Home / Mobile / Mobile Phone / Doro Liberto 820

Doro Liberto 820 review

evan kypreos

By

Reviewed:

1 of 26

Doro Liberto 820
  • Doro Liberto 820
  • Doro Liberto 820
  • Doro Liberto 820
  • Doro Liberto 820
  • Doro Liberto 820
  • Doro Liberto 820
  • Doro Liberto 820
  • Doro Liberto 820
  • Doro Liberto 820
  • Doro Liberto 820
  • Doro Liberto 820
  • Doro Liberto 820
  • Doro Liberto 820
  • Doro Liberto 820
  • Doro Liberto 820
  • Doro Liberto 820
  • Doro Liberto 820
  • Doro Liberto 820
  • Doro Liberto 820
  • Doro Liberto 820
  • Doro Liberto 820
  • Doro Liberto 820
  • Doro Liberto 820
  • Doro Liberto 820
  • Doro Liberto 820
  • Doro Liberto 820

Summary

Our Score:

8

Pros

  • Robust and easy to handle
  • Charging dock included
  • Dedicated Assistance button
  • Dead simple to use

Cons

  • More expensive than better-specced phones
  • Low-resolution screen
  • Average camera

Key Features

  • 4.5-inch 940 x 560-pixel LCD screen
  • Quad-core 1.3GHz processor with 1GB RAM
  • 4GB on board memory with microSD support up to 32GB
  • Simple and intuitive Doro interface over Android 4.4 KitKat
  • Dedicated Assitance button
  • Remote management software
  • 8MP rear camera with LED flash, front video call camera
  • Manufacturer: Doro
  • Review Price: £180.00

What is the Doro Liberto 820?

What a difference 10 little digits make. When we reviewed the Doro Liberto 820’s predecessor earlier in the year, we were scathing.

The Liberto 810 had its heart in the right place. Unfortunately, as a phone intended to ease people with limited experience into the world of smartphones, it was deeply flawed.

We’re very pleased to say that almost all the issues afflicting the 810 have been rectified – the Doro Liberto 820 does everything it promises with aplomb.

SEE ALSO: Best Mobile Phone Buyer's Guide

Doro Liberto 820 – Design

The Doro Liberto 820 is chunky for a 4.5-inch screen phone, but in this case that’s not a bad thing. Clad in plastic it’s easy to grasp and hold on to. A small lip that rises over the edge of the phone ensures there's some protection for the screen when left face-down on a table.

The curved edges help the Liberto sit comfortably in your hand, and it looks good, too. The dual-tone black and white body is smart, if not sleek.

Related: Best Android Phone Round-up

Easily accessible and robust buttons are important on a smartphone, since they’re used so often. The volume rocker rests a little higher on the right edge than we’d like, but should be easy enough for most people to reach. The power button is just below, followed by a dedicated camera button. Doro has raised the icons on the buttons so you know what you’re pressing by touch alone. It works, too. You quickly get used to the button locations and feel of each.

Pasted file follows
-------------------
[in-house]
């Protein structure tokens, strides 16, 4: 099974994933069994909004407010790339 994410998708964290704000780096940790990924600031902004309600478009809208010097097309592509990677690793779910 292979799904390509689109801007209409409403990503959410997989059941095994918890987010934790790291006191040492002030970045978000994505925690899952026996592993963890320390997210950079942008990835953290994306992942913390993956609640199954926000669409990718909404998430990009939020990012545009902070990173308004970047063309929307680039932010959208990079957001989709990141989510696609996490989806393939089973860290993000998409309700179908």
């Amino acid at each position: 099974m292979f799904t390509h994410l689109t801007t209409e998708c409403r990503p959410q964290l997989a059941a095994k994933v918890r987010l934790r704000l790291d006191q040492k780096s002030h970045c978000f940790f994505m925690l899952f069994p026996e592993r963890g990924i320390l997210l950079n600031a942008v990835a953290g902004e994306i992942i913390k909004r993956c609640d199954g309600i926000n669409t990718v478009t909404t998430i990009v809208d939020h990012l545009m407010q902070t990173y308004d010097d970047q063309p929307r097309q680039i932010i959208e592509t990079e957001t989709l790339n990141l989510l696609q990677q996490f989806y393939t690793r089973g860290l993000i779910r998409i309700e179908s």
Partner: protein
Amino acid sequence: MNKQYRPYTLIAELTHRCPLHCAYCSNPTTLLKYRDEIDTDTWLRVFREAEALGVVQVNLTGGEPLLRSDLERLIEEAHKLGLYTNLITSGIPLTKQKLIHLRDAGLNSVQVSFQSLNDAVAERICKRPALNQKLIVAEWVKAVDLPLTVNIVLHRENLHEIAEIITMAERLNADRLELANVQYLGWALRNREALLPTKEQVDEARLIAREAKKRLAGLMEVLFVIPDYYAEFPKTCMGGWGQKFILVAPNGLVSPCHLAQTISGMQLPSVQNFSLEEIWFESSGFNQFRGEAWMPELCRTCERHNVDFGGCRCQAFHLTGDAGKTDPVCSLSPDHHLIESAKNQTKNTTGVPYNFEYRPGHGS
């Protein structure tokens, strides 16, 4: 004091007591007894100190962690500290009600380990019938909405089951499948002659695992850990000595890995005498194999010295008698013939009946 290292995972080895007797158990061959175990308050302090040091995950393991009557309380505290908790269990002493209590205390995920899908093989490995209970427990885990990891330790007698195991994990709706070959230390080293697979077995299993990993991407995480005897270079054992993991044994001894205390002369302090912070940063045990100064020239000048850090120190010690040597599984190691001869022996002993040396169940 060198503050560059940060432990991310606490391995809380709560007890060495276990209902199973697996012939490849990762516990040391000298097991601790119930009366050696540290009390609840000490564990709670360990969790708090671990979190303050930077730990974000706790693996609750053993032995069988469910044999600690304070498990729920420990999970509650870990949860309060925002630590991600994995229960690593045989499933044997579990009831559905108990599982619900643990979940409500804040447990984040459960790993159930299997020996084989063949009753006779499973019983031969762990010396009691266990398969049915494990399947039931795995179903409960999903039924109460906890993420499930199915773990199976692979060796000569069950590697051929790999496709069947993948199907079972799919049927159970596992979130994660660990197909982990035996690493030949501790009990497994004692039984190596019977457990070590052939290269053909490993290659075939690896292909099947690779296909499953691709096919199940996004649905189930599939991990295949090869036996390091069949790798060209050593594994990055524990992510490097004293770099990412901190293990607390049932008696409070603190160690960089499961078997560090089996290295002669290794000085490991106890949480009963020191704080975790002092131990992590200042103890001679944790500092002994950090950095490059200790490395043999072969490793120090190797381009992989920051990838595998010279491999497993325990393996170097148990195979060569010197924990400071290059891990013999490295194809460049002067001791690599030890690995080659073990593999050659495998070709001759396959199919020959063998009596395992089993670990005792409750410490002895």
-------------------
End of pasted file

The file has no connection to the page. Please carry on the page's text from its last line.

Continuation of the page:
Unlike most Android phones these days, the Liberto 820 also comes with three physical buttons for Settings, Home and Back. Situated just below the screen, these are a godsend for those who may get confused by disappearing on-screen soft keys. It means that any users stuck in an app can easily get back to the home screen at any point.

There's one final button on the Liberto 820. Located on the rear, just below the camera, this “Assistance” button is a unique feature to Doro phones. We’ll go into more detail about what it does later.

One final thing to note is that the Doro Liberto 820 comes with a removable back cover, similar to the the Samsung Galaxy S4 and S3, though more robust. Lift the back off and you get access to the Micro SIM and microSD card slots and the removable battery.

Doro Liberto 820 – Screen and Sound

The 4.5-inch 940 x 560-pixel screen on the Doro Liberto 820 is by no means cutting edge. The resolution means that pixels are clearly visible, but in all other respects the screen is decent.

It's colourful and bright enough to view outdoors, although it dims and changes colours at certain angles. It’s a massive improvement on the murky display the previous version came lumbered with, although nowhere near the quality of the cheaper Moto G's.

The loudspeaker that pumps out sound from the rear of the phone is also distinctly average. It’s loud enough to happily watch a catch-up episode of your favourite series on iPlayer, but the mono sound isn’t particularly inspiring. It’s location near the bottom of the phone also means it is easily covered by errant fingers in landscape mode as well as when it’s sitting in the included charging dock.

Plug the included headphones in and things sound much better. The in-ear headphones double up as a hands-free kit thanks to a microphone on the cord and an FM radio aerial. They’re basic, but do the job so you can listen to your favourite radio shows on the go.

Carrier pricing updates & information supplied by WhistleOut

Sean Cameron

December 19, 2014, 2:47 am

The idea of a smartphone for the less-savvy, particularly the elderly, is a noble one. However, I can't help but wonder that they may be alienating the very audience they wish to attract given the high price of the device. Why drop £180 on one of these when a Lumia 530 is less than £50 from many retailers?

comments powered by Disqus